On Thanksgiving afternoon, as LSU and Texas A&M prepared to play a turkey of a football game in College Station, a report surfaced on the internet that Houston’s Tom Herman was close to being named the head coach of the Tigers.
The story spread like a swamp fire, prompting LSU athletic director Joe Alleva to issue a statement in the middle of his team’s Thursday night game, calling the report “unsubstantiated rumors.”
Mark May of ESPN, the network that erroneously brought you Les Miles to be named the new coach at Michigan on the morning of the 2007 SEC title game, went on a scathing halftime tirade against Alleva for “leaking” the Herman story while LSU’s interim coach, Ed Orgeron, was still trying to coach a game.
It was another clown move by what’s become an increasingly clown network. Had May just glanced at the source of the Herman report, he would have seen it didn’t come from LSU or Baton Rouge sources, but rather from Chip Brown of HornsDigest.com, who covers the Texas Longhorns.
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It wasn’t Alleva who leaked the story but rather, sources close to the LSU situation suspected, Herman’s own agent, Trace Armstrong.
Armstrong, LSU feared, was trying to kick the posteriors of Texas officials (and un-officials, because this is, ya know, Texas) who were dragging their feet on the Charlie Strong situation.
22-4 Tom Herman’s record at Houston in two seasons.
The kick clearly worked. TCU’s 31-9 spanking of the Longhorns on Friday afternoon simply added the final nail to Strong’s coffin.
Around lunchtime Saturday, Orgeron, born, raised and fed in South Louisiana, was named LSU’s head coach.
And Strong was notified of his firing Saturday morning, clearing the way for Texas to name Herman as its new coach.
For nearly three months, and in some cases longer, Herman’s name had been linked to Strong’s job. Herman, a former graduate assistant at Texas, had opened his second season at Houston with a 33-23 upset of Oklahoma.
Herman’s rising star skyrocketed, sputtering only briefly when the Cougars suffered puzzling losses to Navy and SMU. A final defeat Friday in Memphis likely ousted Houston from the Top 25.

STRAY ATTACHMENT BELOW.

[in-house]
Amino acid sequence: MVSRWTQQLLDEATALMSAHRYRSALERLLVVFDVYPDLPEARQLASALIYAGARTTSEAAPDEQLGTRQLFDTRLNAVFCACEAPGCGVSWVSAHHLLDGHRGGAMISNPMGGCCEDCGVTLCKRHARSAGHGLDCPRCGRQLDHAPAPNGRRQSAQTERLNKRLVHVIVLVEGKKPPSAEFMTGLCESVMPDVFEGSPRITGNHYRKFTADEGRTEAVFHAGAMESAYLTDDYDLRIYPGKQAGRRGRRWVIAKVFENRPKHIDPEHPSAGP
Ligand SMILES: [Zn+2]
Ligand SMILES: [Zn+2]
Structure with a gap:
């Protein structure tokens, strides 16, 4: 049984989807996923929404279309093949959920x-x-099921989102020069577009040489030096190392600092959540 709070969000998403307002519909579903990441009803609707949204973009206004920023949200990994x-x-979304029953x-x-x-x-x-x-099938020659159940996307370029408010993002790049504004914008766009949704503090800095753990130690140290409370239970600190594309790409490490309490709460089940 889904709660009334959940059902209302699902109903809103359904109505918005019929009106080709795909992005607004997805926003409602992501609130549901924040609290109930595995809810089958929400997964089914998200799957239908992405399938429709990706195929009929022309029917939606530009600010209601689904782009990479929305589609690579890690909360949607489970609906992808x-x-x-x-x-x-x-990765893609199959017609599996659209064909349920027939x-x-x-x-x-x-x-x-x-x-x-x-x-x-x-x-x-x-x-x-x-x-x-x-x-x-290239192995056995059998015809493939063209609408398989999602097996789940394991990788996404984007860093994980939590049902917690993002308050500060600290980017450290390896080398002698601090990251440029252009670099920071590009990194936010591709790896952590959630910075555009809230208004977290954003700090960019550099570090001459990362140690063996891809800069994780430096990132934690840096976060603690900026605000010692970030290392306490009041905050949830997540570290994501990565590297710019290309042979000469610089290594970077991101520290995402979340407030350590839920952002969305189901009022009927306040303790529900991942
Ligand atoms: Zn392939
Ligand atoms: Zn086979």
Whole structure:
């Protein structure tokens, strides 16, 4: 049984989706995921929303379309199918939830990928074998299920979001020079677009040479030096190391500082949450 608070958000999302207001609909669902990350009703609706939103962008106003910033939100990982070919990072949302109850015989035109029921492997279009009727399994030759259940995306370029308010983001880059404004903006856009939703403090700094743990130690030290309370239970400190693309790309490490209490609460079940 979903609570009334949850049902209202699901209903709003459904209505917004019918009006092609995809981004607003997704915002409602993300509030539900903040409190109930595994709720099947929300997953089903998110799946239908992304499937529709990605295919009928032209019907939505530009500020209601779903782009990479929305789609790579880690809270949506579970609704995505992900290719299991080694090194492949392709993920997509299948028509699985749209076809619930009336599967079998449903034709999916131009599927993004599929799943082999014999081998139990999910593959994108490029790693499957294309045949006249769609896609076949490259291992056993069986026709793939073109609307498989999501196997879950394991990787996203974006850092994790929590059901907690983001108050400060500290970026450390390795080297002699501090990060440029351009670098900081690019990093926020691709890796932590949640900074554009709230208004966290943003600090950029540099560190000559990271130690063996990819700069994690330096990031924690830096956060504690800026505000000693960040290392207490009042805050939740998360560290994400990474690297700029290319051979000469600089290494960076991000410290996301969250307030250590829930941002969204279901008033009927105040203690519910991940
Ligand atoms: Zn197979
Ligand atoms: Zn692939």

But no Top 25, no matter, apparently. Texas fired up the money train Friday night and made sure it got its man. According to Ross Dellenger of The Advocate, LSU officials worked through the night on a possible deal, but Herman informed them at 5 a.m. Saturday that he intended to join the Longhorns.
16-21 Charlie Strong’s record at Texas in three seasons.
In a Big 12 Conference where quarterbacks shamelessly will throw 60 or more times a game, Herman should be a seamless fit. His Cougars teams averaged 38 points and threw more than 40 times per game.
Herman knows the state of Texas. He has recruited in Texas. And he is wise to realize that in the kingdom of college football, there is no sleeping giant quite like the University of Texas.
The organizational chaos that engulfed Strong, particularly since a loss at Kansas last weekend, apparently did not dim Herman’s interest in accepting the UT job.
But think about it. There isn’t a coach in America who doesn’t think he could win at resources-rich Texas, even after the Strong years.
It is likely that Armstrong’s alleged stunt Thursday helped to drive up Herman’s contract price, but money doesn’t appear to be the driving factor that steered Herman to the Forty Acres. Even LSU officials seemed to realize that Texas was always Herman’s No. 1 choice.
Once Herman called him early Saturday morning, LSU AD Alleva moved swiftly on officially naming Orgeron.
As Alleva’s search for a replacement for fired Les Miles went on throughout the season, a fuzzy list of possible candidates emerged. Alleva’s cursory vetting included TCU’s Gary Patterson.
But when the notoriously manipulative Jimmy Sexton, the agent for Florida State’s Jimbo Fisher, demanded a reported $50-million contract to return to Baton Rouge (where Fisher had been an assistant), LSU’s talks with him abruptly ended.
Sources Friday indicated that LSU’s choice would be either Herman or Orgeron. Texas finally knew it had to move quickly.
For LSU, meanwhile, Orgeron will be a popular consolation choice. Critics, mostly national writers, will point to his failed three seasons (2005-2007) in charge of Ole Miss, but Orgeron, 55, showed this season that he has grown and knows how to be a head coach.
He was 5-2 as LSU’s interim coach. In the only blemishes, the Tigers held No. 1 Alabama scoreless for more than 50 minutes before losing 10-0, and a goal line stand by Florida in the final seconds enabled the Gators to prevail 16-10. Orgeron and LSU defeated the Aggies 54-39 Thursday night.
As Dellenger reported in The Advocate, Orgeron “blew away” LSU decision-makers in a meeting Friday, sources said. He brought with him a massive binder detailing long-term plans, which included the hiring of a proven and successful offensive coordinator. He’s expected to go after Alabama coordinator Lane Kiffin, a good friend and Orgeron's boss at Southern Cal and Tennessee.”
In the end, Alleva decided that his more prominent other candidates — North Carolina’s Larry Fedora, Virginia Tech’s Justin Fuente and Oklahoma State’s Mike Gundy, among them — weren’t as attractive as giving Orgeron a chance.
After all, some assistant coaches do blossom into successful head coaches. Dabo Swinney was once the interim head coach at Clemson.
TCU, likewise, also took a chance 16 years ago on promoting an assistant to head coach. That guy, Patterson, beat Texas’ guy 31-9 on Friday.